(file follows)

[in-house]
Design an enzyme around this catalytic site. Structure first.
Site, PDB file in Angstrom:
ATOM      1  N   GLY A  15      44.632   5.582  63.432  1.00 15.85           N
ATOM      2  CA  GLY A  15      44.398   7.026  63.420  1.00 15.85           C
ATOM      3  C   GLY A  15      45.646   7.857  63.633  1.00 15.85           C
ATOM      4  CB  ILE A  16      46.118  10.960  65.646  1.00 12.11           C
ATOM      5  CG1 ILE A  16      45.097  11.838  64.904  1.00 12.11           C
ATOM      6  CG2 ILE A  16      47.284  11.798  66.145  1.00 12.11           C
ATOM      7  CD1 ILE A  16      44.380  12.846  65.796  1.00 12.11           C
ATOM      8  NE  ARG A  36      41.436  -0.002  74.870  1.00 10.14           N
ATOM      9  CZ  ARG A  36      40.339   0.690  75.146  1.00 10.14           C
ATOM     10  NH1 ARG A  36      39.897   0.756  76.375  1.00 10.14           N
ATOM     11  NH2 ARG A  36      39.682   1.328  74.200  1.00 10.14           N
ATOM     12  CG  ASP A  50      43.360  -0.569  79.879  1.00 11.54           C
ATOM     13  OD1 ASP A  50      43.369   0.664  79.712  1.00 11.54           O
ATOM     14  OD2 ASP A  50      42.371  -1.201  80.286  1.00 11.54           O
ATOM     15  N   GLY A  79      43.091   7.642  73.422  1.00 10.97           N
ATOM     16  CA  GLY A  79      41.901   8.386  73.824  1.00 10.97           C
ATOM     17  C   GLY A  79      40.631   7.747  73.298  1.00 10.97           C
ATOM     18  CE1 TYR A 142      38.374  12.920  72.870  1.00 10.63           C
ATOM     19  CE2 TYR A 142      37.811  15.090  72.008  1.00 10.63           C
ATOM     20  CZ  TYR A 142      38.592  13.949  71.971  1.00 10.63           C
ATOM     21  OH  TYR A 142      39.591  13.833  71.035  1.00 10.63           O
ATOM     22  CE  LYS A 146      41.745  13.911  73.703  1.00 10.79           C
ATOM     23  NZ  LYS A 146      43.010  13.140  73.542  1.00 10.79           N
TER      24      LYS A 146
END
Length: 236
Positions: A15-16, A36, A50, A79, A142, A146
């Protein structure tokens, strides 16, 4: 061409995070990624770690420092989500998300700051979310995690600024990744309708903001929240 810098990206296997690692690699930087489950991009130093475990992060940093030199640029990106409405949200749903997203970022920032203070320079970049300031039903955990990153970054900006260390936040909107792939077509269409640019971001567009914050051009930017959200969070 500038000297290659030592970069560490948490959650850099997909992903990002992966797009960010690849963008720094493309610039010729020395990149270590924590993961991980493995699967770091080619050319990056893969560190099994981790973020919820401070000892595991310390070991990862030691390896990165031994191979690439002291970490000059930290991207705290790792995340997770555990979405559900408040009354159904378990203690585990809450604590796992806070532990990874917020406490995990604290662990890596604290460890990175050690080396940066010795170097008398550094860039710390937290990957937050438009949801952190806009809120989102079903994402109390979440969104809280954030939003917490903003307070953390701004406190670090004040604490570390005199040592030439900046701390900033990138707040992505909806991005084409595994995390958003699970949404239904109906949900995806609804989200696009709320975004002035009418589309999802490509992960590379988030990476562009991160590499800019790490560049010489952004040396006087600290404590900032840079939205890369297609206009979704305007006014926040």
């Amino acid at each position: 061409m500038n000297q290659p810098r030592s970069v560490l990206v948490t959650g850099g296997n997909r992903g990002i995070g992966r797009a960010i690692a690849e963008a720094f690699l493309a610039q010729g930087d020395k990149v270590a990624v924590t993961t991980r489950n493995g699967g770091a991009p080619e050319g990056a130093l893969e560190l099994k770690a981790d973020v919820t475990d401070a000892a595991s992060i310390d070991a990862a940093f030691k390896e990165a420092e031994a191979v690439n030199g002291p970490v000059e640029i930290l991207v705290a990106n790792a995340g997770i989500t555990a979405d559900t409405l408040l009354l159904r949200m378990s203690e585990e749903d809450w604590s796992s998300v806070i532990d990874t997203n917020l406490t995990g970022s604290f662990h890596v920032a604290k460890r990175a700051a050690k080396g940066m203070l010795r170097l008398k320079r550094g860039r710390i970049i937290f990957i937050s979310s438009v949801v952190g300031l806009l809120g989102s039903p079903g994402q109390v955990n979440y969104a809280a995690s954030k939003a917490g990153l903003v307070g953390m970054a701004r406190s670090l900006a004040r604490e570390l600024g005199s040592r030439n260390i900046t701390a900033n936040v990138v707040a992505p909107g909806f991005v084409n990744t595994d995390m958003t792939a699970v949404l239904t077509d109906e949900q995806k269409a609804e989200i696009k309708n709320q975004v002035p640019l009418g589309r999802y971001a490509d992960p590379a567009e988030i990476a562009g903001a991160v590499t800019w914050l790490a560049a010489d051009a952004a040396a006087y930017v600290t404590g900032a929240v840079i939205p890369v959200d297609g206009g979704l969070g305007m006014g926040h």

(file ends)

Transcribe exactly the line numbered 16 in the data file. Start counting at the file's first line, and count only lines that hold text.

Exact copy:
ATOM     13  OD1 ASP A  50      43.369   0.664  79.712  1.00 11.54           O